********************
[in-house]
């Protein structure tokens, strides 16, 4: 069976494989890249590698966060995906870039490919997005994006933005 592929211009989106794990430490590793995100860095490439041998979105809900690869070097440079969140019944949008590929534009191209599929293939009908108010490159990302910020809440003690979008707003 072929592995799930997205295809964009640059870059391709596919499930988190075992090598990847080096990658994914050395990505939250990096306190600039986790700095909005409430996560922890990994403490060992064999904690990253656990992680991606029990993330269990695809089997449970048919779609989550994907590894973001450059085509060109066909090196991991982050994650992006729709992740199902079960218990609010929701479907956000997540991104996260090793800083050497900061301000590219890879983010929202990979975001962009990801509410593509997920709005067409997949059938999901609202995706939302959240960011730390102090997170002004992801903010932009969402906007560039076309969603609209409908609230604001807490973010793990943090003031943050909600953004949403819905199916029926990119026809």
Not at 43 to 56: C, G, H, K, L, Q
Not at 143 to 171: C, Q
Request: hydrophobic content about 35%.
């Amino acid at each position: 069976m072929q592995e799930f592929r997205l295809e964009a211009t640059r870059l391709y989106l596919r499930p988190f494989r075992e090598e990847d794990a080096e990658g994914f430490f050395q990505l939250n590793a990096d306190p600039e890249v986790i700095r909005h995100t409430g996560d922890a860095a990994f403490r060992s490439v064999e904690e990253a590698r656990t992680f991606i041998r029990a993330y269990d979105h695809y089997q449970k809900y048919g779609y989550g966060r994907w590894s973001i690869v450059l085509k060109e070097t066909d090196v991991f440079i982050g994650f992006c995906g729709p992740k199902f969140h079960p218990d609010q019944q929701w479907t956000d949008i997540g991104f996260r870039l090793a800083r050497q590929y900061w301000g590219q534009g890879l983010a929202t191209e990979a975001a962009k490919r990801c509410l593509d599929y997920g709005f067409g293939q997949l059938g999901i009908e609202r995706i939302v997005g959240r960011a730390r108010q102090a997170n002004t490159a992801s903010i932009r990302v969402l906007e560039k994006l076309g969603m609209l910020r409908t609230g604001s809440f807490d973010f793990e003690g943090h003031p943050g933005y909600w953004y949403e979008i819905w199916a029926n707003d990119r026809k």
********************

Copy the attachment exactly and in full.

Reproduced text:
[in-house]
């Protein structure tokens, strides 16, 4: 069976494989890249590698966060995906870039490919997005994006933005 592929211009989106794990430490590793995100860095490439041998979105809900690869070097440079969140019944949008590929534009191209599929293939009908108010490159990302910020809440003690979008707003 072929592995799930997205295809964009640059870059391709596919499930988190075992090598990847080096990658994914050395990505939250990096306190600039986790700095909005409430996560922890990994403490060992064999904690990253656990992680991606029990993330269990695809089997449970048919779609989550994907590894973001450059085509060109066909090196991991982050994650992006729709992740199902079960218990609010929701479907956000997540991104996260090793800083050497900061301000590219890879983010929202990979975001962009990801509410593509997920709005067409997949059938999901609202995706939302959240960011730390102090997170002004992801903010932009969402906007560039076309969603609209409908609230604001807490973010793990943090003031943050909600953004949403819905199916029926990119026809």
Not at 43 to 56: C, G, H, K, L, Q
Not at 143 to 171: C, Q
Request: hydrophobic content about 35%.
């Amino acid at each position: 069976m072929q592995e799930f592929r997205l295809e964009a211009t640059r870059l391709y989106l596919r499930p988190f494989r075992e090598e990847d794990a080096e990658g994914f430490f050395q990505l939250n590793a990096d306190p600039e890249v986790i700095r909005h995100t409430g996560d922890a860095a990994f403490r060992s490439v064999e904690e990253a590698r656990t992680f991606i041998r029990a993330y269990d979105h695809y089997q449970k809900y048919g779609y989550g966060r994907w590894s973001i690869v450059l085509k060109e070097t066909d090196v991991f440079i982050g994650f992006c995906g729709p992740k199902f969140h079960p218990d609010q019944q929701w479907t956000d949008i997540g991104f996260r870039l090793a800083r050497q590929y900061w301000g590219q534009g890879l983010a929202t191209e990979a975001a962009k490919r990801c509410l593509d599929y997920g709005f067409g293939q997949l059938g999901i009908e609202r995706i939302v997005g959240r960011a730390r108010q102090a997170n002004t490159a992801s903010i932009r990302v969402l906007e560039k994006l076309g969603m609209l910020r409908t609230g604001s809440f807490d973010f793990e003690g943090h003031p943050g933005y909600w953004y949403e979008i819905w199916a029926n707003d990119r026809k």